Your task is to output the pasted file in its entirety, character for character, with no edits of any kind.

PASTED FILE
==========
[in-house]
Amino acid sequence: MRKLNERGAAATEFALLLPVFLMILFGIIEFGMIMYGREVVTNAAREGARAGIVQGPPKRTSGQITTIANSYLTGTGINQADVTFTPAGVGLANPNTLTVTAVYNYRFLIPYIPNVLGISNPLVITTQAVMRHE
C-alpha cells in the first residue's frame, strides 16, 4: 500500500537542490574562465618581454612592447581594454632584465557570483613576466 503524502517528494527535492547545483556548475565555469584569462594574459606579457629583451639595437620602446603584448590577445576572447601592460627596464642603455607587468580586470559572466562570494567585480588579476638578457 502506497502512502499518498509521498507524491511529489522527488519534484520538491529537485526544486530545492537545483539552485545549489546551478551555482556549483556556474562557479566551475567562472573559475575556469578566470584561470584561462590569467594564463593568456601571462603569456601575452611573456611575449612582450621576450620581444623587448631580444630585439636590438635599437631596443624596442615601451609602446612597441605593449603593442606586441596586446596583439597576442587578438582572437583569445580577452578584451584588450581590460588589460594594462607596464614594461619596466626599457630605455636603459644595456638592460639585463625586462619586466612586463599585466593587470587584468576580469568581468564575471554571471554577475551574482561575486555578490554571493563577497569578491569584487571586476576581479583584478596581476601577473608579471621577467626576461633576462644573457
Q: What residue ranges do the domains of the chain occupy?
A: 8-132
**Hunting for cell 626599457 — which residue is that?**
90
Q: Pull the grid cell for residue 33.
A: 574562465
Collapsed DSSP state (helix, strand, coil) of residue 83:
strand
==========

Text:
[in-house]
Amino acid sequence: MRKLNERGAAATEFALLLPVFLMILFGIIEFGMIMYGREVVTNAAREGARAGIVQGPPKRTSGQITTIANSYLTGTGINQADVTFTPAGVGLANPNTLTVTAVYNYRFLIPYIPNVLGISNPLVITTQAVMRHE
C-alpha cells in the first residue's frame, strides 16, 4: 500500500537542490574562465618581454612592447581594454632584465557570483613576466 503524502517528494527535492547545483556548475565555469584569462594574459606579457629583451639595437620602446603584448590577445576572447601592460627596464642603455607587468580586470559572466562570494567585480588579476638578457 502506497502512502499518498509521498507524491511529489522527488519534484520538491529537485526544486530545492537545483539552485545549489546551478551555482556549483556556474562557479566551475567562472573559475575556469578566470584561470584561462590569467594564463593568456601571462603569456601575452611573456611575449612582450621576450620581444623587448631580444630585439636590438635599437631596443624596442615601451609602446612597441605593449603593442606586441596586446596583439597576442587578438582572437583569445580577452578584451584588450581590460588589460594594462607596464614594461619596466626599457630605455636603459644595456638592460639585463625586462619586466612586463599585466593587470587584468576580469568581468564575471554571471554577475551574482561575486555578490554571493563577497569578491569584487571586476576581479583584478596581476601577473608579471621577467626576461633576462644573457
Q: What residue ranges do the domains of the chain occupy?
A: 8-132
**Hunting for cell 626599457 — which residue is that?**
90
Q: Pull the grid cell for residue 33.
A: 574562465
Collapsed DSSP state (helix, strand, coil) of residue 83:
strand